Manufacturing Magic at IMTS

IMTS showed what magic manufacturing is today - and how many people are involved.

IMTS showed what magic manufacturing is today – and how many people are involved. Photo by Oscar & Associates.

What can you imagine designing and making? Dream as big or small or complex as you’d like…Someone can probably make it, and quickly. At least that’s the big impression I came back with after visiting the International Manufacturing Technology Show (IMTS) last week. It was manufacturing magic. I was there representing Iyno and also discussing MESA International membership with some of the exhibitors.

In the central area between exhibit halls Local Motors and its partners were using additive manufacturing to build a car. ExOne had one of its machines 3D printing or layer-sintering very complex metal parts with multiple separate layers of open-shape patterns.

I had a very short day and a half, but even if you had all six days, you probably would not have seen the entire show. It appeared to occupy very square foot of McCormick Place: North, South, East and West: over 1.2 million square feet. The 100,000 plus visitors are a testament to the fact that manufacturing is alive and well.

The technologies on display illustrate that discrete manufacturing is changing fast. While the same categories equipment, tooling, supplies and software were on display as decades ago, but the capabilities are quite different. The skills needed to use the equipment and tools are much more sophisticated than decades ago when I first attended.

As a software person, I spent most of my time in the East or Lakeside hall. Today’s software is more intuitive, so it allows lower skilled people to do some things, and higher skilled people to do things that were outside the scope of our imagination 20 years ago.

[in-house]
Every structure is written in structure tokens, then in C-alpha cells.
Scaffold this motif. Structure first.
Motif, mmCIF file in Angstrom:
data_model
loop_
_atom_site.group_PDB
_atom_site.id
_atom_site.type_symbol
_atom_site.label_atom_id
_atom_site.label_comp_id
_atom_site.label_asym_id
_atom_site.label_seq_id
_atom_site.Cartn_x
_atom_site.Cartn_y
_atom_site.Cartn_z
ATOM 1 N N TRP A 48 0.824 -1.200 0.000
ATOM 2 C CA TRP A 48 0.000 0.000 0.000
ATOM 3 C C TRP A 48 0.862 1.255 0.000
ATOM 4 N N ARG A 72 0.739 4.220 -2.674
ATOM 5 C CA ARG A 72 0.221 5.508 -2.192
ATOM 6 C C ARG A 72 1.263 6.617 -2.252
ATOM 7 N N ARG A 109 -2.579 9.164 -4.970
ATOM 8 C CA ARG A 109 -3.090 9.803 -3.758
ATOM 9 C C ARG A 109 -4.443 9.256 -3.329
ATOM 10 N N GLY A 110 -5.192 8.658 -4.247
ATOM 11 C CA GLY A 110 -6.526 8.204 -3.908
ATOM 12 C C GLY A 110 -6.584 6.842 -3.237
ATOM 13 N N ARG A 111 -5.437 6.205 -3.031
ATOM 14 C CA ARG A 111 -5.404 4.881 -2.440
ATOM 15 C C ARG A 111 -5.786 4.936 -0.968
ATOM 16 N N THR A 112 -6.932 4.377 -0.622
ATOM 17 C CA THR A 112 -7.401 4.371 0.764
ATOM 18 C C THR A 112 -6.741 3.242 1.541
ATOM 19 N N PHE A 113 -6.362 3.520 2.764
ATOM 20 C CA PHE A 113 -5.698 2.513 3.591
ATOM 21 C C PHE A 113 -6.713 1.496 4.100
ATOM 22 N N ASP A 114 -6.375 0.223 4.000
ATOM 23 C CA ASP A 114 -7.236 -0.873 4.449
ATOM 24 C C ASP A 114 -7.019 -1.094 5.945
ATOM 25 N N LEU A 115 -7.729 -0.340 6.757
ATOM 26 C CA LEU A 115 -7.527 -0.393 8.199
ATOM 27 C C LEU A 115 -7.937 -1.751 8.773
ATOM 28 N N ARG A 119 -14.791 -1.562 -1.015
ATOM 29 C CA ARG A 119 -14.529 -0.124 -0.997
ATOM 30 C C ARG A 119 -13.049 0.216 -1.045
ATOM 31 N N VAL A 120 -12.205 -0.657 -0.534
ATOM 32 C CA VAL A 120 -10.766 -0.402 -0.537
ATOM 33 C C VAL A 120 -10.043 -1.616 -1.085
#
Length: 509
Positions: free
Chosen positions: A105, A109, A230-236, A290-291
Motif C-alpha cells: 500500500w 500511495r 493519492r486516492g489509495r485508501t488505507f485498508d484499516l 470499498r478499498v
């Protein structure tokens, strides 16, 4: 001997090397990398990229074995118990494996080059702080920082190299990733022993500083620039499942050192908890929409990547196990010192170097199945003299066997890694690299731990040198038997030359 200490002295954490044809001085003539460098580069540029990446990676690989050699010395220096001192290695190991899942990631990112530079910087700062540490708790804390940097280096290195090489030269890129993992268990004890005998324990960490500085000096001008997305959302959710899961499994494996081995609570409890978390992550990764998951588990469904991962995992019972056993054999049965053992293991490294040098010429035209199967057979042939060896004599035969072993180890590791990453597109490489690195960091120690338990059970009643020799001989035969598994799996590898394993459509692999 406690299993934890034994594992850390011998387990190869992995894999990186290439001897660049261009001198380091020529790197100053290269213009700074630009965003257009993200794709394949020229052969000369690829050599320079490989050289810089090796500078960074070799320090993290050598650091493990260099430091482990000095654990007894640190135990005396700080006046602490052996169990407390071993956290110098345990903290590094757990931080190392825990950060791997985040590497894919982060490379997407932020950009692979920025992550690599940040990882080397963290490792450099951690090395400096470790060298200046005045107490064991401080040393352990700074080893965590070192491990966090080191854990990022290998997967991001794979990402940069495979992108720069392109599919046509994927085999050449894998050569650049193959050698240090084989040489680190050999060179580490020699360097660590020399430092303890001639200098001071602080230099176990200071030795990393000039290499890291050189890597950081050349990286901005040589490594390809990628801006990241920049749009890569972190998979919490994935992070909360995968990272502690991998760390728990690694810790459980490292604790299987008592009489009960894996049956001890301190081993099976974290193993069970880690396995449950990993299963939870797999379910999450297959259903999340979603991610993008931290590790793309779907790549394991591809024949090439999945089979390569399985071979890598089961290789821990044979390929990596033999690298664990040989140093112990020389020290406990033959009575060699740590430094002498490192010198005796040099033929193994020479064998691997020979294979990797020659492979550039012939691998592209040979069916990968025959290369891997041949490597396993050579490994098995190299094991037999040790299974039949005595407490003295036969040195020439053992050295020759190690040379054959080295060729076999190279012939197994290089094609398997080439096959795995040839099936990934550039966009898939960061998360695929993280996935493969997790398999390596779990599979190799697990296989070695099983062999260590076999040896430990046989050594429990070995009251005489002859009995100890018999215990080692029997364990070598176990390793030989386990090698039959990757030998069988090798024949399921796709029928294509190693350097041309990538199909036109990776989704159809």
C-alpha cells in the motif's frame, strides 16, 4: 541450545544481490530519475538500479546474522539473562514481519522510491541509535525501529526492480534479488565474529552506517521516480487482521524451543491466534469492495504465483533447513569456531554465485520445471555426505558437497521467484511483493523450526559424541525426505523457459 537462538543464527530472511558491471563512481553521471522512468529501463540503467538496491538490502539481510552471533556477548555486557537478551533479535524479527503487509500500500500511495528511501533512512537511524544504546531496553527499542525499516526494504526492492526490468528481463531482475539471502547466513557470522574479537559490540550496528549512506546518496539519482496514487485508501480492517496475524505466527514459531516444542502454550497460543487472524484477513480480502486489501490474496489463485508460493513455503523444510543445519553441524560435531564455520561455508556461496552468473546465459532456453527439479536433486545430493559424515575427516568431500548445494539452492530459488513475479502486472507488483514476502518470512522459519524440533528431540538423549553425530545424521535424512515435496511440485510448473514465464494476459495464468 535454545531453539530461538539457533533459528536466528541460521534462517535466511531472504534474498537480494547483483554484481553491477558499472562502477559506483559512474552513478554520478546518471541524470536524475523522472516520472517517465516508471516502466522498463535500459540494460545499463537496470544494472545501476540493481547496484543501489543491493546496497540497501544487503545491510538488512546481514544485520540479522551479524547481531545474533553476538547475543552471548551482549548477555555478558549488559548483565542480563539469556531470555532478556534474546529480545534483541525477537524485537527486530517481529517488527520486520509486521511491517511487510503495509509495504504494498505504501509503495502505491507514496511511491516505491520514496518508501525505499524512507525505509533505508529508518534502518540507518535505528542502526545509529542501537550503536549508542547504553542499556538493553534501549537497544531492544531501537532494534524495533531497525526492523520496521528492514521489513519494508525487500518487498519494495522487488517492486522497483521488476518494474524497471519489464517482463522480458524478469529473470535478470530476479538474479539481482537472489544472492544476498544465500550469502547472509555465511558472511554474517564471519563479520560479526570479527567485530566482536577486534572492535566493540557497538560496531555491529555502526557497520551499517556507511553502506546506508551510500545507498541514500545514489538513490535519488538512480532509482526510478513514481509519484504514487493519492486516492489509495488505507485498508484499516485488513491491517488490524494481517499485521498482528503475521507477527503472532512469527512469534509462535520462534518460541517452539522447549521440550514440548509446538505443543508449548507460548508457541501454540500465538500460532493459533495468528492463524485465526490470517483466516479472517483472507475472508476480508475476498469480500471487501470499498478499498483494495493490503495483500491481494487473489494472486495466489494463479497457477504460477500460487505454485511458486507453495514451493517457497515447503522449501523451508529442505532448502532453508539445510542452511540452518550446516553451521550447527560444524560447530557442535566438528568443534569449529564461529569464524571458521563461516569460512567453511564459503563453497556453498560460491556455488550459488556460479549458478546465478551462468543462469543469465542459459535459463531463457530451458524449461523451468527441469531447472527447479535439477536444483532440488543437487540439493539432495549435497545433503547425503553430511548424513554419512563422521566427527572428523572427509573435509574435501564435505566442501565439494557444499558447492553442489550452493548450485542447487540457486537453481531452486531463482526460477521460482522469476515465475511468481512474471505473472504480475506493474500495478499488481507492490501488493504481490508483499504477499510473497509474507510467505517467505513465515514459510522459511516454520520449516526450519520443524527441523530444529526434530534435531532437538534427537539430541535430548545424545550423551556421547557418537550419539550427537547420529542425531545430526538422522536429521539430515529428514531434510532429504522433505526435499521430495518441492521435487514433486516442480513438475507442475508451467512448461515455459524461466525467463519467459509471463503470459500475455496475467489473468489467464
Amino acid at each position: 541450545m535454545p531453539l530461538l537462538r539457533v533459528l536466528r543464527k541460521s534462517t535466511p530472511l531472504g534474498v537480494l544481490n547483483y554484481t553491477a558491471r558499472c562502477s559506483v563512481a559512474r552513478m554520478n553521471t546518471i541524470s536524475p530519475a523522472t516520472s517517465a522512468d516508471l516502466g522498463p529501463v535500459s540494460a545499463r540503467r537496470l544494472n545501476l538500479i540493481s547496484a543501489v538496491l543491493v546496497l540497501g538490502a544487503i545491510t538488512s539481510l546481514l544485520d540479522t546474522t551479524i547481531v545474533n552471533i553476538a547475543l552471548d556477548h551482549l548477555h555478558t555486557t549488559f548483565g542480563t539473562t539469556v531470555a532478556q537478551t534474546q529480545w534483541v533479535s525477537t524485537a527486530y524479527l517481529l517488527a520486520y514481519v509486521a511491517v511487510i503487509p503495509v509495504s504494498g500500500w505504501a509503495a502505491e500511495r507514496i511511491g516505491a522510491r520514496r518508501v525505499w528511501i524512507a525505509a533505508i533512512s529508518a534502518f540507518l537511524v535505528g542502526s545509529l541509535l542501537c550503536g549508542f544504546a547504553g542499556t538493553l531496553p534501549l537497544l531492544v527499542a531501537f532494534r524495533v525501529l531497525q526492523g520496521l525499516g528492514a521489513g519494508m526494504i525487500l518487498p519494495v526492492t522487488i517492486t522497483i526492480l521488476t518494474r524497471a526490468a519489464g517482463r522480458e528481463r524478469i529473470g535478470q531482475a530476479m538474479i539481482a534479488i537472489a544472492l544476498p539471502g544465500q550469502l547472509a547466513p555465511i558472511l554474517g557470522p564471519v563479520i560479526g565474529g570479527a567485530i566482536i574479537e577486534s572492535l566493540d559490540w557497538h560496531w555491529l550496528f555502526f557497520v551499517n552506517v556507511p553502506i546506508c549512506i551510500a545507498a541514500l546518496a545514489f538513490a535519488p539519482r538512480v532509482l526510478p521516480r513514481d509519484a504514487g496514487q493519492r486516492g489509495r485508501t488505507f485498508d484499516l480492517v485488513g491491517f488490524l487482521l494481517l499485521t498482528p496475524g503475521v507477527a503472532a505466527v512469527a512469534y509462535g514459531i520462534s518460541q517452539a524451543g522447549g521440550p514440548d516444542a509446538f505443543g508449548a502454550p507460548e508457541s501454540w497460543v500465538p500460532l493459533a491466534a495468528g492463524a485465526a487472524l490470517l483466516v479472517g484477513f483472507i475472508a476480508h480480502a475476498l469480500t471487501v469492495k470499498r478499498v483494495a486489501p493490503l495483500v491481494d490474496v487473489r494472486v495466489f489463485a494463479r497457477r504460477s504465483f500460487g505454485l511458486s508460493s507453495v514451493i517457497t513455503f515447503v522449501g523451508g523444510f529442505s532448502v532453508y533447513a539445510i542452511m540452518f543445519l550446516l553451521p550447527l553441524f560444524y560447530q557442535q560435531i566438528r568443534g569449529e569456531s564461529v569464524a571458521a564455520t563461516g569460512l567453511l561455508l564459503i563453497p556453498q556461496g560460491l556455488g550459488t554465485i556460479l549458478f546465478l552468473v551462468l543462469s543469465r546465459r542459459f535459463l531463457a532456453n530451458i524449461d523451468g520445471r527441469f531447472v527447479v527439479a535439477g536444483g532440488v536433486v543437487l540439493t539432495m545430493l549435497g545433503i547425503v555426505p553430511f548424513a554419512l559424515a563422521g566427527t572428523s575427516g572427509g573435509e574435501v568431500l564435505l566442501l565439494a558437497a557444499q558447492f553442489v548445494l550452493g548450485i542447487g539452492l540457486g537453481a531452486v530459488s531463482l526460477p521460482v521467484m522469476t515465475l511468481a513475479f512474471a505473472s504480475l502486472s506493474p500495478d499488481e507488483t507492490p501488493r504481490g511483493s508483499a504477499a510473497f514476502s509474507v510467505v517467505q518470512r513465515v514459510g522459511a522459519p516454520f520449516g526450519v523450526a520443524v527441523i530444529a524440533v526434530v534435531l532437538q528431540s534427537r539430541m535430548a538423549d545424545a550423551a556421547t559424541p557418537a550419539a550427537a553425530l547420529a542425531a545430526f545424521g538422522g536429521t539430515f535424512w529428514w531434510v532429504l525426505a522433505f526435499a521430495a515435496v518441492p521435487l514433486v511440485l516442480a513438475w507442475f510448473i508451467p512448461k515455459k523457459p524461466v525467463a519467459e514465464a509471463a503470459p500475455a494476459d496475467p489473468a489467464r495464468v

• Job shop enterprise software has much broader scope than even a few years ago. Many of these products now include some credible manufacturing execution and some have realistic costing capabilities. MESA Members Epicor, Dassault, Forcam, and MPDV were here. I also visited with Exact JobBOSS, Global Shop Solutions, Henning Software, JobPack, Manufacturing Software Manudyn, ProfitKey, RealTrac, ShopTech E2 and Syspro.
  • Product design software has moved from a hodgepodge of specialist tools to many that are either broad platform-based suites or intuitive enough for non-CAD-trained people to use them to collaborate. Some that are both. Dassault and Siemens had industrial-equipment-specific suites on display, and others such as SpaceClaim and Kubota also showed new capabilities.
  • Many products for ERP, MES, PLM, and CAM now run in the cloud, a benefit for the many smaller job shops that don’t want to manage IT infrastructure and staff but do need sophisticated and secure software.
  • Metrics and analytics software was on display with Memex and Vorne showing OEE-focused systems and Expert Manufacturing Systems’ Micronite with tool process data analysis. System Insights with its Vimana predictive analytics showed its capabilities and some of the joint offerings with partners as diverse as Autodesk for process design and Kennametal NOVO Optimize for tooling management.

The wealth of innovative technology available today means that job shops that invest wisely can break out of their molds and be highly competitive. All of us who have been watching and encouraging the use of IT in manufacturing can see our dreams coming true.

This is real magic. No slight of hand. The magic of manufacturing as it can be. Perhaps that is not how everyone explains it, but increasingly, it is.  Dream it and you can make it!

 

Special thanks to my friend John Jackiw of Alta Via Consulting and his friend Joe McCall for hospitality in driving and showing me the harbor and boat, and especially the White Sox game!

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